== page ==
Authorized users should be able to add or remove collaborators from notebooks or projects instantaneously. It should be easy to give recipients access to a notebook or project with read-only, write-only, or read-write privileges. The system should also have the capability of having permission trees set up to facilitate data oversight and sharing.

The system should have the flexibility to add, delete, or deactivate users with the click of a button, enabling short and medium term engagements between clients and their CROs and other collaborators. If a user is deleted from the system, their legacy data should remain in the system and be accessible by people with the required access privileges.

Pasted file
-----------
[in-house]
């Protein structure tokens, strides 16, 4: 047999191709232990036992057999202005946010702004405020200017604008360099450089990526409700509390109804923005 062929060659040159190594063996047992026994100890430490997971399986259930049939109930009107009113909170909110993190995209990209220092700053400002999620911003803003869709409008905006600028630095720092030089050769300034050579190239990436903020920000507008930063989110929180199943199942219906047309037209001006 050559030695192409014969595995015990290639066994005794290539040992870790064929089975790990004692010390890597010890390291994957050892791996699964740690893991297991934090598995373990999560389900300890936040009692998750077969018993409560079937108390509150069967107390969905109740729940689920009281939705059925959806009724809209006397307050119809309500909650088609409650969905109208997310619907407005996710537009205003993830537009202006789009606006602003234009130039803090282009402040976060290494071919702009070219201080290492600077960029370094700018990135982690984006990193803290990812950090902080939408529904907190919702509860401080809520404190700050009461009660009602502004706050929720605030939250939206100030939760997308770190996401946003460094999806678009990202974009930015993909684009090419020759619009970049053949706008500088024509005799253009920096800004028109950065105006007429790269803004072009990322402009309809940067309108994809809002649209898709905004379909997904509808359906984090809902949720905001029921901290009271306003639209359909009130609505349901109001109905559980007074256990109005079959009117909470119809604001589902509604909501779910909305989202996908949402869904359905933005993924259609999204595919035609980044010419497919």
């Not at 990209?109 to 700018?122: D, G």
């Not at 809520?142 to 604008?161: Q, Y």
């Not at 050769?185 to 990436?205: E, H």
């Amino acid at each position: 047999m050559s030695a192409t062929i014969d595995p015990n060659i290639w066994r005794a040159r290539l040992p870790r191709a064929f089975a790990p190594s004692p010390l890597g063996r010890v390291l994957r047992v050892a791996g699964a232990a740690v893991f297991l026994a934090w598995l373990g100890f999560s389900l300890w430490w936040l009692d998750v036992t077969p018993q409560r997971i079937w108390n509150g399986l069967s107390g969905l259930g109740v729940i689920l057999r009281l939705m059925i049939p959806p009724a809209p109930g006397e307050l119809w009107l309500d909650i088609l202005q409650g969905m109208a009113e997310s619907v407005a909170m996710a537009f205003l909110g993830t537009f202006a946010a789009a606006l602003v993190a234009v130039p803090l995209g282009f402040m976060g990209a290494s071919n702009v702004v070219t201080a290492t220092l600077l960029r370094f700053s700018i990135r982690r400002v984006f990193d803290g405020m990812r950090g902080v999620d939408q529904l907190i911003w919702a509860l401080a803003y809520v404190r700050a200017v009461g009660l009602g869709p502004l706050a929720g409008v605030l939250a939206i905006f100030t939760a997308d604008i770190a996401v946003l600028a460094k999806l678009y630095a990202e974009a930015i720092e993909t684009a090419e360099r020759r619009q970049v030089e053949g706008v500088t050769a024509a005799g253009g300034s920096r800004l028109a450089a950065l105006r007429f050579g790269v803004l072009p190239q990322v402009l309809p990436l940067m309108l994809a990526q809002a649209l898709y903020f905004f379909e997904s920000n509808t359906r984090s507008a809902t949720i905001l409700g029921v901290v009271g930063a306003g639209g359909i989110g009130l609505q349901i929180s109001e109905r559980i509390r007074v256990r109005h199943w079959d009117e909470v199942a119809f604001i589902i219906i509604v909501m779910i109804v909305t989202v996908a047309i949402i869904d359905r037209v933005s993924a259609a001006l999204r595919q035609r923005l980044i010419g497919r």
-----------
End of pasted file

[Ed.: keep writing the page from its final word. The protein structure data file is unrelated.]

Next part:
4. Integration with Existing Legacy Systems

The hosting company should have proven experience of connecting to client data contained in in-house legacy ELNs, inventory systems, and registration systems. These systems tend to be large and expensive, and making sure that the cloud ELN solution can access and share data with them is an important factor to consider. Out of the box integration with widely deployed registration and sample management systems is a must. As an example, Sunovion Pharmaceuticals uses Arxspan’s ArxLab Notebook ELN to link outside CROs that are synthesizing and analyzing stereo-chemical compounds with their internal legacy chemical compound registration system. An inability to facilitate this kind of integration would render a cloud ELN system flawed in our view.

5. Infrastructure and Data Security